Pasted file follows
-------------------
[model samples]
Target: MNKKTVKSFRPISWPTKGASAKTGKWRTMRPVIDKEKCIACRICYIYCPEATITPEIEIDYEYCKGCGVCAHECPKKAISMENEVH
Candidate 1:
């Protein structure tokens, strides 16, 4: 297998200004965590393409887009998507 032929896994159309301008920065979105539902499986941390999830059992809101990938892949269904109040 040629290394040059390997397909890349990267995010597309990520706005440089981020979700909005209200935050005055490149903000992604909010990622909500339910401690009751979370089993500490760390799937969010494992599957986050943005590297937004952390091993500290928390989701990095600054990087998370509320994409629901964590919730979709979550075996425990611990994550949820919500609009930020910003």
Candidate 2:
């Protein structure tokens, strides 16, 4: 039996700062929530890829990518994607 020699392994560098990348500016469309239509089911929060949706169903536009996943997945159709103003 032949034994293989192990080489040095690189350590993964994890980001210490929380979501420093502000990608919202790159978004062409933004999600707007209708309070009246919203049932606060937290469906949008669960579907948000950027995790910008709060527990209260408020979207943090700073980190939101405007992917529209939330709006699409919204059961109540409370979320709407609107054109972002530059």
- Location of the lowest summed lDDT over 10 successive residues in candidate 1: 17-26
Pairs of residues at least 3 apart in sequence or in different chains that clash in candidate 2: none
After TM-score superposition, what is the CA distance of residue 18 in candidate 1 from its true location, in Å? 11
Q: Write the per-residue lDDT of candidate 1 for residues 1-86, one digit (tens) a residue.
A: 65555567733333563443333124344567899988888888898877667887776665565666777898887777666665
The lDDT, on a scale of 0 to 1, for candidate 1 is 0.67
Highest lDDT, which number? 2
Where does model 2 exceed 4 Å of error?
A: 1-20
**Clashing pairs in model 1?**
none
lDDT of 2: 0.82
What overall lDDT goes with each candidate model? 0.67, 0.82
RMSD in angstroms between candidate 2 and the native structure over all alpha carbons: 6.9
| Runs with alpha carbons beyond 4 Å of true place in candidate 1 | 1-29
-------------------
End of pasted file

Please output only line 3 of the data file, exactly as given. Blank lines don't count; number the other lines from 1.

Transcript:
Candidate 1: